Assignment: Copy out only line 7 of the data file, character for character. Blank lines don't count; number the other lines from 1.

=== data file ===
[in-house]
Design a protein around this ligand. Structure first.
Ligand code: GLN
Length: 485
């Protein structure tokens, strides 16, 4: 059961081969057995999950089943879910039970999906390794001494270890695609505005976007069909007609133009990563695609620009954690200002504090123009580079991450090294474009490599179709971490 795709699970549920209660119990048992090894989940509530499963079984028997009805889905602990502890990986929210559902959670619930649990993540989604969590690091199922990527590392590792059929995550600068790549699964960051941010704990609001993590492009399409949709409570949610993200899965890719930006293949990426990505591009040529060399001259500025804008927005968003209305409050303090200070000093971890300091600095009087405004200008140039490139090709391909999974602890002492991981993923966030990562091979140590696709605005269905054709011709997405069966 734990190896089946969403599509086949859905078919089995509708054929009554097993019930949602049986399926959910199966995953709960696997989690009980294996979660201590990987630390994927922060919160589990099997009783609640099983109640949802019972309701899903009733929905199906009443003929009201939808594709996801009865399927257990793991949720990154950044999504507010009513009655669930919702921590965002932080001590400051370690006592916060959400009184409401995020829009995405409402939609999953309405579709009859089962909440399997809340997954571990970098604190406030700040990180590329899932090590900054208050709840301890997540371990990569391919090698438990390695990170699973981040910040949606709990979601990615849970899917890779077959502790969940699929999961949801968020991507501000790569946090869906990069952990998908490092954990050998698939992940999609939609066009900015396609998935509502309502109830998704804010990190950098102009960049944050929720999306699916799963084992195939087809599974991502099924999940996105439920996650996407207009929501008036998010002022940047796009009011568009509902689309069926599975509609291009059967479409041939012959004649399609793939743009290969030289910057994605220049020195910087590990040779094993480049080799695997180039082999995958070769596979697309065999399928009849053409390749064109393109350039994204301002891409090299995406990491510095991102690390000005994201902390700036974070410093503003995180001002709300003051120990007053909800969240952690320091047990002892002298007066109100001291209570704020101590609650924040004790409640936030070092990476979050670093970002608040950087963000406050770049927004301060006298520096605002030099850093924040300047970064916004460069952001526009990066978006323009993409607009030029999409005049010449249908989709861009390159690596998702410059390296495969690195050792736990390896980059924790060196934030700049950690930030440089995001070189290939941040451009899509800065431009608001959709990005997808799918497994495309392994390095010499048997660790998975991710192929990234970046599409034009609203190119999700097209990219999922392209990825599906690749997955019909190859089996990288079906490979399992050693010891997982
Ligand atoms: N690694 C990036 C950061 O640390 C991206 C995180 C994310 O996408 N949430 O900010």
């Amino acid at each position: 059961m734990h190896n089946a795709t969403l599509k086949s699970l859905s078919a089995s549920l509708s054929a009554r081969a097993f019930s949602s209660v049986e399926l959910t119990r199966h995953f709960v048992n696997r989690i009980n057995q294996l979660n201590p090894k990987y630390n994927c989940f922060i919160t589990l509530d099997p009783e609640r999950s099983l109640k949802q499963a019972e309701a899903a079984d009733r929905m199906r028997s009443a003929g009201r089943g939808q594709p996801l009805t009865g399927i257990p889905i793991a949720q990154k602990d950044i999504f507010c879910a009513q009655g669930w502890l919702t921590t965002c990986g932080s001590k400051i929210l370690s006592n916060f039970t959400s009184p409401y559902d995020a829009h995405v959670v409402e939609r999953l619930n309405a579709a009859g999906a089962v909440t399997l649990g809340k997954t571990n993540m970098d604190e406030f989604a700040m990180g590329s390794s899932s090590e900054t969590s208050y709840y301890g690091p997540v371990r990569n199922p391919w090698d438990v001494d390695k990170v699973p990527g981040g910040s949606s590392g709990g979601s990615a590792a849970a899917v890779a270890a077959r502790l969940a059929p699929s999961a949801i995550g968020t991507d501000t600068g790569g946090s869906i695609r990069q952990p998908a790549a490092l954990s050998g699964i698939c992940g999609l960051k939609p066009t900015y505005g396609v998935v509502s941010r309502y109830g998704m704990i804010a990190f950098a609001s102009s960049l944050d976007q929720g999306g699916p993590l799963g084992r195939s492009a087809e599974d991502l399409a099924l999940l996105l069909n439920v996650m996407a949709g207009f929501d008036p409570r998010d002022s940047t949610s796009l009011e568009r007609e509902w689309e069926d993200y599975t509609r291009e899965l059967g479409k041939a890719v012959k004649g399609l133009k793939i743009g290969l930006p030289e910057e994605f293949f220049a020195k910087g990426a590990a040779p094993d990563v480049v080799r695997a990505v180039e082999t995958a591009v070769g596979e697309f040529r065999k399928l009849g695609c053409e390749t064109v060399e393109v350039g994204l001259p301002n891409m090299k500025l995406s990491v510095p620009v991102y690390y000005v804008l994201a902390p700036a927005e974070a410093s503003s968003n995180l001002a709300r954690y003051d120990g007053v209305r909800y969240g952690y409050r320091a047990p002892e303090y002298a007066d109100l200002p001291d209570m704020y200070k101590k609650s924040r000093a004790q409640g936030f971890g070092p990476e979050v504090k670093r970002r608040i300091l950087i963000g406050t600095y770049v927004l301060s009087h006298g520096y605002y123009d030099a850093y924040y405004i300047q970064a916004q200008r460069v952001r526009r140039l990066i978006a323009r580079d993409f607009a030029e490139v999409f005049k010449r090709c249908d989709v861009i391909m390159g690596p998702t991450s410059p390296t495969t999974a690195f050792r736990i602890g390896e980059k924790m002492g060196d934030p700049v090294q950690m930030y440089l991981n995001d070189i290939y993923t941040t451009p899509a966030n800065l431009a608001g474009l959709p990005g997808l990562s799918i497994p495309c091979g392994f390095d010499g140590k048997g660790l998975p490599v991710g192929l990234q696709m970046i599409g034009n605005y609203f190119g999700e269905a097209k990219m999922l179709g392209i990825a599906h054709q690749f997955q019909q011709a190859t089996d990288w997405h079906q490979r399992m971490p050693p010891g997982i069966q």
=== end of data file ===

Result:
């Amino acid at each position: 059961m734990h190896n089946a795709t969403l599509k086949s699970l859905s078919a089995s549920l509708s054929a009554r081969a097993f019930s949602s209660v049986e399926l959910t119990r199966h995953f709960v048992n696997r989690i009980n057995q294996l979660n201590p090894k990987y630390n994927c989940f922060i919160t589990l509530d099997p009783e609640r999950s099983l109640k949802q499963a019972e309701a899903a079984d009733r929905m199906r028997s009443a003929g009201r089943g939808q594709p996801l009805t009865g399927i257990p889905i793991a949720q990154k602990d950044i999504f507010c879910a009513q009655g669930w502890l919702t921590t965002c990986g932080s001590k400051i929210l370690s006592n916060f039970t959400s009184p409401y559902d995020a829009h995405v959670v409402e939609r999953l619930n309405a579709a009859g999906a089962v909440t399997l649990g809340k997954t571990n993540m970098d604190e406030f989604a700040m990180g590329s390794s899932s090590e900054t969590s208050y709840y301890g690091p997540v371990r990569n199922p391919w090698d438990v001494d390695k990170v699973p990527g981040g910040s949606s590392g709990g979601s990615a590792a849970a899917v890779a270890a077959r502790l969940a059929p699929s999961a949801i995550g968020t991507d501000t600068g790569g946090s869906i695609r990069q952990p998908a790549a490092l954990s050998g699964i698939c992940g999609l960051k939609p066009t900015y505005g396609v998935v509502s941010r309502y109830g998704m704990i804010a990190f950098a609001s102009s960049l944050d976007q929720g999306g699916p993590l799963g084992r195939s492009a087809e599974d991502l399409a099924l999940l996105l069909n439920v996650m996407a949709g207009f929501d008036p409570r998010d002022s940047t949610s796009l009011e568009r007609e509902w689309e069926d993200y599975t509609r291009e899965l059967g479409k041939a890719v012959k004649g399609l133009k793939i743009g290969l930006p030289e910057e994605f293949f220049a020195k910087g990426a590990a040779p094993d990563v480049v080799r695997a990505v180039e082999t995958a591009v070769g596979e697309f040529r065999k399928l009849g695609c053409e390749t064109v060399e393109v350039g994204l001259p301002n891409m090299k500025l995406s990491v510095p620009v991102y690390y000005v804008l994201a902390p700036a927005e974070a410093s503003s968003n995180l001002a709300r954690y003051d120990g007053v209305r909800y969240g952690y409050r320091a047990p002892e303090y002298a007066d109100l200002p001291d209570m704020y200070k101590k609650s924040r000093a004790q409640g936030f971890g070092p990476e979050v504090k670093r970002r608040i300091l950087i963000g406050t600095y770049v927004l301060s009087h006298g520096y605002y123009d030099a850093y924040y405004i300047q970064a916004q200008r460069v952001r526009r140039l990066i978006a323009r580079d993409f607009a030029e490139v999409f005049k010449r090709c249908d989709v861009i391909m390159g690596p998702t991450s410059p390296t495969t999974a690195f050792r736990i602890g390896e980059k924790m002492g060196d934030p700049v090294q950690m930030y440089l991981n995001d070189i290939y993923t941040t451009p899509a966030n800065l431009a608001g474009l959709p990005g997808l990562s799918i497994p495309c091979g392994f390095d010499g140590k048997g660790l998975p490599v991710g192929l990234q696709m970046i599409g034009n605005y609203f190119g999700e269905a097209k990219m999922l179709g392209i990825a599906h054709q690749f997955q019909q011709a190859t089996d990288w997405h079906q490979r399992m971490p050693p010891g997982i069966q």